But one potential issue is being always connected to the virtual world. Mobile phones can be restricted by turning them off and putting them in your pocket and disconnect. The mobile phone is separate from the person. For many, the detox is bliss. But glasses-wearers are reliant on them to see, so they would continuously be, quite literally, on their face. How can people cope with constant connectivity, as their real and virtual world merges for all hours of their day? How would that change a person and their grip on reality?

Violent actions in VR or AR is also worthy of exploration as well. Researchers have confirmed that there is not a link between video game violence and real-life violence. But will VR have a greater impact, by placing people in virtual environments to kill? TOm Pascoe, an AR developer, agrees that this is important to follow as well, highlighting the surge of violent YouTube videos where people enjoy killing online. 

Privacy of immersive data

Then there is the security of data, according to Damien Mason at ProPrivacy. Damien gives his thoughts: 

“Cameras and even microphones are used throughout both technologies, helping virtual reality headsets to gauge distance and allowing augmented reality programs to superimpose digital objects into the real world.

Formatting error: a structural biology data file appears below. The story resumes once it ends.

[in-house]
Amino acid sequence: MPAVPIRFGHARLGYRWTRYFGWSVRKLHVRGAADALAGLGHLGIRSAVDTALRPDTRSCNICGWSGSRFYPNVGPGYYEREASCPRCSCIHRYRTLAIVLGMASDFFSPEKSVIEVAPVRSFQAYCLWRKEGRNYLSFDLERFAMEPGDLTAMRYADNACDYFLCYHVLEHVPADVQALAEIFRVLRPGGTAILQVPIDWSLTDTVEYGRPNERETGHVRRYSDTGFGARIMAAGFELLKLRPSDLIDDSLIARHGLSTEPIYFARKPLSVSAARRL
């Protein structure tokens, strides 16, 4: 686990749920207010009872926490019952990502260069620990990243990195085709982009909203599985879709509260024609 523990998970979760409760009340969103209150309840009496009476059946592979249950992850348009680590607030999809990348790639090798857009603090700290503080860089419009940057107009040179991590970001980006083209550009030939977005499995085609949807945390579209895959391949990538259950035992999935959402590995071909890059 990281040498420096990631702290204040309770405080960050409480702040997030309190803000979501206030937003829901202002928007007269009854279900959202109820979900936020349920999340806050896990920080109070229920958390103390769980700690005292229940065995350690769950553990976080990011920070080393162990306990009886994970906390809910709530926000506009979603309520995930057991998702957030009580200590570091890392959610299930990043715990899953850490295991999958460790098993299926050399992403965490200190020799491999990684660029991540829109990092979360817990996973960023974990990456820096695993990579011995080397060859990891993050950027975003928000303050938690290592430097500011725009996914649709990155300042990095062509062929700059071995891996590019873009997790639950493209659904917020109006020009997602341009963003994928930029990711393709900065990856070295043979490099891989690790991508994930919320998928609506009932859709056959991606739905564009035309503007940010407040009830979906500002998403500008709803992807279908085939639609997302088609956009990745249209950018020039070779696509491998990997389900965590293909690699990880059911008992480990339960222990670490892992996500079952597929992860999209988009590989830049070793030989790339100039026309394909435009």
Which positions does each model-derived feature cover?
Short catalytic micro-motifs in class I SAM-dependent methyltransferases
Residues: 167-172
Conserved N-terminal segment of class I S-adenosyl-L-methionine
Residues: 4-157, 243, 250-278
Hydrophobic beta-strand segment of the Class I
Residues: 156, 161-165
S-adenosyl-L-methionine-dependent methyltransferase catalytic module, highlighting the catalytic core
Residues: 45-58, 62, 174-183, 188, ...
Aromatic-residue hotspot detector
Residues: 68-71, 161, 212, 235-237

“Offline, this might not be a problem. But since users are almost always connected to the internet, it’s questionable just how much of this data is being collected by respective companies. 

“Since companies realise that the average person doesn’t read terms and conditions, the right to collect the location you live in, the things you say to other players, the food you eat and many more bits of information you wouldn’t begin to consider is usually buried deep within privacy policies, but it’s a genuine possibility. European law such as the General Data Protection Regulation has tried to curb shady practices within the region and there are respectable developers that only collect the data necessary to run their software, but it’s always worth keeping an eye out for the majority that still takes whatever they can get.”

Ethics of VR and AR in the 2020s 

Based on these arguments, we should focus on the following principles for ethics in VR and AR. These are deliberately open-ended, to develop as we develop the technology further: